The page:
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Let's Talk Letters of Intent • Part I

What is an LOI and Why your Attorney Should Review it Before Signing

Interested in buying a business?  Does the Seller want you to sign a Letter of Intent (LOI)?  Often we hear the same story: ‘The Seller says the LOI is merely a formality that will allow me to review books and records of the company and get the process started.’ Sounds simple enough, but should you have an attorney review the LOI before you sign? Absolutely. And here’s why:

The LOI can be the most important document during an acquisition. It will outline the parameters of the deal, sometimes in substantive (although ostensibly “non-binding” in parts) detail.  It is a rather simple and short document but it manages to encompass all of the material terms of the deal that will later be expounded in a lengthier Purchase Agreement.  The LOI sets up the expectations for the deal.  Seller has probably already met with his/her attorney (in fact, his/her/their attorney drafted the LOI!) and determined the most advantageous structure for the transaction.  The LOI will dictate the material terms of the sale, which will have significant consequences to both buyer and seller.

To be continued … look for Part II: Questions to Consider before the LOI is Signed. Coming soon!

So, why did you form an LLC?

At least once a month, we encounter a new client that formed an LLC because that’s what they heard they should do.  It’s usually unclear from where or who they heard that this was the right choice for their endeavors.  Chalk it up to the flavor of the day, perhaps.  Maybe it’s due to the explanation some of the online formation services offer.  This general statement is true – “An LLC offers the same level of insulation from liability as a corporation, without the requirements of corporate formalities.”  It’s an easy sell.  I don’t want the “formalities” of a corporation, so the LLC is obviously the right choice.  But, is it?

Another true statement – “An LLC allows for income to flow through to the individual and avoids ‘double taxation’ which occurs at the corporate level.”  AND….   Another true statement – “An S-Corporation allows for income to flow through to the individual and avoids ‘double taxation which occurs at the corporate level.”  Well, both statements are sort of true, at least in California.  California was a late adopter in the line of states recognizing the LLC as a legal entity and took an approach taken by some other states regarding a “bonus payment” due to the state, otherwise known as the Gross Receipts Tax.  That sounds awful, doesn’t it?  The LLC must pay an additional tax based on its gross receipts.  Luckily, that number is capped at just under $12k depending on the income bracket which the company falls into.  It’s usually a matter of doing the math in each situation to determine which might work out better in terms of tax liability.  There are disadvantages to having all income flow-through to the individual.  You’re going to pay tax whether you see the money or not.  CPAs are encouraged to play along at this juncture.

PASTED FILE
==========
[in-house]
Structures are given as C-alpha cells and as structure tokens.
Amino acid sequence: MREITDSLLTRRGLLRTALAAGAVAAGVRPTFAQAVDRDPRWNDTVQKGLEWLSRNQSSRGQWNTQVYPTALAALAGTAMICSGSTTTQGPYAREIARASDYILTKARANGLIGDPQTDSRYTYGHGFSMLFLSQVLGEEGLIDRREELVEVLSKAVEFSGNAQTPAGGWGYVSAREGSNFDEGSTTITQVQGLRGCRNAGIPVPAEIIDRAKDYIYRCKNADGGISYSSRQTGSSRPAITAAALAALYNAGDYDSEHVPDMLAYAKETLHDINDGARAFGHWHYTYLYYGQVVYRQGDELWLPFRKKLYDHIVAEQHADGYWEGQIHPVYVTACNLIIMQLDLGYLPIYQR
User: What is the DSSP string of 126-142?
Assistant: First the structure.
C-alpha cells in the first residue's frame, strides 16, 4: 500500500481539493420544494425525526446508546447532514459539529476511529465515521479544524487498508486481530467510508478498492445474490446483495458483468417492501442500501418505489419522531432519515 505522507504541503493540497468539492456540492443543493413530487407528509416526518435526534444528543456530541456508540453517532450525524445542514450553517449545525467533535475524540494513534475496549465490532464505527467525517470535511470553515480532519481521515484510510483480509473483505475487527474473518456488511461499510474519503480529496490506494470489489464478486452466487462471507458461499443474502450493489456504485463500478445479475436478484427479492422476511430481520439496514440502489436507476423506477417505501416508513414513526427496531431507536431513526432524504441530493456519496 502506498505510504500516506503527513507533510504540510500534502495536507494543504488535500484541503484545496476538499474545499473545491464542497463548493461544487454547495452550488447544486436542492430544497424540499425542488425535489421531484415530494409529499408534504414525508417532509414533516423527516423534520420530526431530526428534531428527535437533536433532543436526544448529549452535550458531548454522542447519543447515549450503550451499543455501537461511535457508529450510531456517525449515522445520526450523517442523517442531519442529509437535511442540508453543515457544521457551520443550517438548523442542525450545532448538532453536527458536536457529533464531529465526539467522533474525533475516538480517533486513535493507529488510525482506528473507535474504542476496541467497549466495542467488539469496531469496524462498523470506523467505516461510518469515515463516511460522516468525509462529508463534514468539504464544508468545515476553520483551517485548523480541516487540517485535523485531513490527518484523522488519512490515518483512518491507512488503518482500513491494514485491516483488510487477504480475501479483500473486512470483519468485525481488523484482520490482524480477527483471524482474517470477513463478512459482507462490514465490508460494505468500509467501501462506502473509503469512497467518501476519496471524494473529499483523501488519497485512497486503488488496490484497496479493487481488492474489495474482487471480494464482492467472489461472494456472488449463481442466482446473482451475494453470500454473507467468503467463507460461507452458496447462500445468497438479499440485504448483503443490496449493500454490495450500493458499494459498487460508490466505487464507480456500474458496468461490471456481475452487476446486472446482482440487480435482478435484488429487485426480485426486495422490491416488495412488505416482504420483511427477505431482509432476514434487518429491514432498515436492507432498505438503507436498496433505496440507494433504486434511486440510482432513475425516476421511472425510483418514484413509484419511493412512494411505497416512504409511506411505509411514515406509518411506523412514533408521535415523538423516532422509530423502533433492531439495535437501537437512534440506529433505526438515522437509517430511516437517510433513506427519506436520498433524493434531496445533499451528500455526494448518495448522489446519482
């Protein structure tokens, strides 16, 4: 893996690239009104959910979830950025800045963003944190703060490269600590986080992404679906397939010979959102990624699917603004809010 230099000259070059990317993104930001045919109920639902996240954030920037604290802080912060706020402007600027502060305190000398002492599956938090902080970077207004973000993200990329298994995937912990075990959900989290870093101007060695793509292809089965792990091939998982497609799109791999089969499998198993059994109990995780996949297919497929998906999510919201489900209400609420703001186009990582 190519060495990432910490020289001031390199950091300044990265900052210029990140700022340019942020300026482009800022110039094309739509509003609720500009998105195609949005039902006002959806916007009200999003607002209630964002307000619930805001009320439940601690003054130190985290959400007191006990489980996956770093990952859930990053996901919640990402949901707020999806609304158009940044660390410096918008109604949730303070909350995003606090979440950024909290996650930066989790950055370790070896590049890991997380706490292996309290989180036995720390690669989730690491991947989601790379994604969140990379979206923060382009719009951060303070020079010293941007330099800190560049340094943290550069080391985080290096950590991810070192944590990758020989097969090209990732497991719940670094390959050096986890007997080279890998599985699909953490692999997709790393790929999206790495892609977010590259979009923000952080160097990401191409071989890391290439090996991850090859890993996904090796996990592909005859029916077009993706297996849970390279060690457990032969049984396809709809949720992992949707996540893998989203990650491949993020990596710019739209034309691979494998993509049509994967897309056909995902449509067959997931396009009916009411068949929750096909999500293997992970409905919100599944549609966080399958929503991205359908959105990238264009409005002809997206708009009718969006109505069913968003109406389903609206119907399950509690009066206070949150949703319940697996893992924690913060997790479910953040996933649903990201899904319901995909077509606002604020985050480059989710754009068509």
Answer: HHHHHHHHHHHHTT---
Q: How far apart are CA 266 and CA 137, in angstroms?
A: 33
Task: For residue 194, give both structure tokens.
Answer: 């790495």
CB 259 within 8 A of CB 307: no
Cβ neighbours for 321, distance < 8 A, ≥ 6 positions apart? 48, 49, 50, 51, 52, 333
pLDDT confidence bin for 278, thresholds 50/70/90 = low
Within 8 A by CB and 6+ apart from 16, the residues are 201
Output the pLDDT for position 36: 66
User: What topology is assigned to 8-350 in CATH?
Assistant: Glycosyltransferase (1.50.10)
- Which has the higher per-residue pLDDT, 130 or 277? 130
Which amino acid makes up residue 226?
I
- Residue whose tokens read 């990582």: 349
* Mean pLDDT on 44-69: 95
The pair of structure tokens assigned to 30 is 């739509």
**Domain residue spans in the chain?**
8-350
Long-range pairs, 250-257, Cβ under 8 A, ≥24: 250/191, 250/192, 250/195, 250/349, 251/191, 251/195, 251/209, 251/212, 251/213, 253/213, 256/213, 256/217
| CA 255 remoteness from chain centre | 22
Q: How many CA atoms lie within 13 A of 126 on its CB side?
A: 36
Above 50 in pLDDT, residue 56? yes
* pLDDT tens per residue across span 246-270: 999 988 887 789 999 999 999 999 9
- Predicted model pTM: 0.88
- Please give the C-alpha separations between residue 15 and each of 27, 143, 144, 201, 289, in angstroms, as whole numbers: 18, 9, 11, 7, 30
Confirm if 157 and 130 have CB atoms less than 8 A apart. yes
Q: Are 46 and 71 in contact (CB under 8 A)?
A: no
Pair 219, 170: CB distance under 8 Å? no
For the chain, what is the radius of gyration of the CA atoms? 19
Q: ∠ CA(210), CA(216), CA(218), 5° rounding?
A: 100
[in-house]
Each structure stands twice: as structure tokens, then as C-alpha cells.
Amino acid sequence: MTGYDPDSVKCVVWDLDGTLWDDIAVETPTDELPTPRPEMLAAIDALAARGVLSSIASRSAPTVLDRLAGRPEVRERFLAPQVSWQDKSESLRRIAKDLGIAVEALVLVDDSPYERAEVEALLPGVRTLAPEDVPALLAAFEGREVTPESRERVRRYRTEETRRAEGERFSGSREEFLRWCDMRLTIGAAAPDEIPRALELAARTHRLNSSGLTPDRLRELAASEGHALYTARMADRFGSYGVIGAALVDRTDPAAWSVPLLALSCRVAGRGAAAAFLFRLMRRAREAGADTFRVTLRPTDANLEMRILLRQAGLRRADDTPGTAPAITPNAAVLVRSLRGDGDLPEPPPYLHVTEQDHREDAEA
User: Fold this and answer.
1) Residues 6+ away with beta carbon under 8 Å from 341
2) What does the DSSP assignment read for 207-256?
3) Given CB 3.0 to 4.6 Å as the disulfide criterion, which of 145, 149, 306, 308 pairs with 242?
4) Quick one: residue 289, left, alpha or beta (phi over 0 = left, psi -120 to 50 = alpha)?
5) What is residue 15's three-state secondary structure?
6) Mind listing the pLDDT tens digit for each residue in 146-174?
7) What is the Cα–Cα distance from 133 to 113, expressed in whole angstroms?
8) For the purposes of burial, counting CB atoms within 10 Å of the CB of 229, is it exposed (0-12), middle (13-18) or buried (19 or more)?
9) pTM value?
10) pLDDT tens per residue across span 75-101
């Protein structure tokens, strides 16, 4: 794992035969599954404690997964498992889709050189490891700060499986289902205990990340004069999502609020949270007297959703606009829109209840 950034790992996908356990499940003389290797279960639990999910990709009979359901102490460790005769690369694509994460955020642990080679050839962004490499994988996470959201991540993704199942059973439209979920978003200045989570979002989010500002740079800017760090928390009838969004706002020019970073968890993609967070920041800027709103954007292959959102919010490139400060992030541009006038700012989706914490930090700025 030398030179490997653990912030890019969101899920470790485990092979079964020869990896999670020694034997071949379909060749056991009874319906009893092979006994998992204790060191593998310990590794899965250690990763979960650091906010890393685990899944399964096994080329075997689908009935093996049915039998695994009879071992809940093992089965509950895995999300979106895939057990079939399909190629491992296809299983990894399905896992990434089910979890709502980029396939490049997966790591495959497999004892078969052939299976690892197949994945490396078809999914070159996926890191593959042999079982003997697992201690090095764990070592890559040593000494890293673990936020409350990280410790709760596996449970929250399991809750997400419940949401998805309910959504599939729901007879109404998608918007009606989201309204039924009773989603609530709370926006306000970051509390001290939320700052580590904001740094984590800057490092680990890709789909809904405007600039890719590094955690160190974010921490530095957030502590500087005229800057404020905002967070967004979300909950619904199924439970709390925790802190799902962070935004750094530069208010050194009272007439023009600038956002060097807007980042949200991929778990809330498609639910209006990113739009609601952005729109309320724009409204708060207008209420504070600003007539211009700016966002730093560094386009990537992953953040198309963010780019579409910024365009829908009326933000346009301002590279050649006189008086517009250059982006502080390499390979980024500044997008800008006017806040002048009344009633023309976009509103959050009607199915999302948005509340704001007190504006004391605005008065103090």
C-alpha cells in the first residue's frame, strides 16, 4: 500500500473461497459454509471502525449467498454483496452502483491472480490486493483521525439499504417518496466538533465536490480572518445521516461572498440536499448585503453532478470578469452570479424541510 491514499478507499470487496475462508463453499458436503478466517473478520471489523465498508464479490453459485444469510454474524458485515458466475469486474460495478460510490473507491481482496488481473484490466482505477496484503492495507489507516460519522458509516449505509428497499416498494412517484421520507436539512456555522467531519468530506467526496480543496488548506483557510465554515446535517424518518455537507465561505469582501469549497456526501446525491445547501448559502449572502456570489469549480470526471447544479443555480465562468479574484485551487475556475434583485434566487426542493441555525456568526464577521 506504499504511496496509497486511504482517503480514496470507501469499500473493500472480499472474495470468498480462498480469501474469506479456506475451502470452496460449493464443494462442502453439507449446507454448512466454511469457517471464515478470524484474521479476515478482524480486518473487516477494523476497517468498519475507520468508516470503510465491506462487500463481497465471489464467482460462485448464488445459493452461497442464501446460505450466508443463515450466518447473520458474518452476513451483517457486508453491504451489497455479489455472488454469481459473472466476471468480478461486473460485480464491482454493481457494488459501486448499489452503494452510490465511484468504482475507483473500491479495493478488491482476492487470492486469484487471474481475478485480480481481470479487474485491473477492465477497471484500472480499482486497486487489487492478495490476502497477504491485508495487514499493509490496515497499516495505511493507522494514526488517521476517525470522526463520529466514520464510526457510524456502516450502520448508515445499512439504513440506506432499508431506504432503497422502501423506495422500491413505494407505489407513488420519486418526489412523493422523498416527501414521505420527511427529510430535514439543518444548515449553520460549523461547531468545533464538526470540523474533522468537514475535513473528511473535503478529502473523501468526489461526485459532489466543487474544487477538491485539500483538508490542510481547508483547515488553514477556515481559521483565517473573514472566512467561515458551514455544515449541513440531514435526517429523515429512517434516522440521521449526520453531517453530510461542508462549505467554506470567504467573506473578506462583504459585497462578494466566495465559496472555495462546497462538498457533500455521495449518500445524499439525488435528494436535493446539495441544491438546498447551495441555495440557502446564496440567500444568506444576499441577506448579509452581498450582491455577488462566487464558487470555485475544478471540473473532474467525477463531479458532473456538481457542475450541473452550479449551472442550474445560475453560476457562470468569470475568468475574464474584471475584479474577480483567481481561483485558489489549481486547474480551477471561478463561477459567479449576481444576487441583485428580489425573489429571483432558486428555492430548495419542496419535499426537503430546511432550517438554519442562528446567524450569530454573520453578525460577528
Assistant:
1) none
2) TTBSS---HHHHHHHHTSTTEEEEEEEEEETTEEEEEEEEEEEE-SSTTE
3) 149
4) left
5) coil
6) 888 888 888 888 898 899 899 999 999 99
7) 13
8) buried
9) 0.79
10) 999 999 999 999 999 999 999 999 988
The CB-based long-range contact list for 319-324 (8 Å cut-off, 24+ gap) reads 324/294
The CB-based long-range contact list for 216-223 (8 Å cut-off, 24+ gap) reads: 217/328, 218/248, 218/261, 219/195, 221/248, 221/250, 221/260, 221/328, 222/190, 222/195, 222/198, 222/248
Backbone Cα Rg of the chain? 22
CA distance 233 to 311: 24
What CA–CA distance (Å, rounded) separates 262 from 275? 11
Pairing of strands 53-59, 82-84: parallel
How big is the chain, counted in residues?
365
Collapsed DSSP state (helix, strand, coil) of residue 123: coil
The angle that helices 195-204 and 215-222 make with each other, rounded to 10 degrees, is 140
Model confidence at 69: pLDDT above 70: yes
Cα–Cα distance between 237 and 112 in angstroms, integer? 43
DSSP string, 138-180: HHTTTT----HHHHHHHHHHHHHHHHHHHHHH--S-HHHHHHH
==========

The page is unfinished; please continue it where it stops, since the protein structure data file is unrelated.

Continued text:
Ok, I’ve heard way too much of the corp-this and the LLC-that, but what’s right for me?  There are dramatic differences in the operation, management, and tax treatment of the different business entities and it’s not something to be chosen hastily.  Formality can be good and, to be honest, there isn’t a great deal of “formality” involved in running a small corporation. The shareholders and directors of the corporation must have annual meetings and those meetings should be documented and kept in the records of the company.  Certain officers have to be in place.  There are duties imposed on the directors to act in the best interests of the shareholders and the company.  Members of an LLC don’t ever have to meet.  Shareholders of a corporation don’t owe each other any duty or responsibility.  Members of an LLC owe each other a fiduciary duty, a high form of trust under the law.  The LLC offers greater flexibility in allocation of profit and loss, or discretionary distributions that aren’t tied to the percentage of ownership as in a corporation’s distribution of dividends.  Asset protection can differ dramatically between the two as well.  A judgment creditor can effectively take ownership of someone’s shares in a corporation to satisfy an obligation.  Conversely, they cannot take over the membership interests of an LLC because the law is generally unwilling to impose the fiduciary duty on someone (unless it’s a single member LLC, in which case the duty is to yourself and can pragmatically be imposed on a new single member).  And that’s just a few!

The fast-food version of the choice of legal entity has done some damage.  We constantly see operating agreements (similar to the bylaws of a corporation, the document that governs the rights of the LLC members) that, due to their “universal” application, don’t provide for many of the concerns that business owners have.  We don’t see a shareholder agreement when there clearly should have been one.  You can spend more money on reinventing the wheel than buying a better wheel to begin with.  There’s an old saying among attorneys -  “No one cares what a contract says until everyone cares what a contract says.”  It’s true, when problems arise, attorneys earn a lot of fees by dissecting documents like an operating agreement and finding an angle.  We like to define the angles according to the wishes and needs of the client from the very beginning.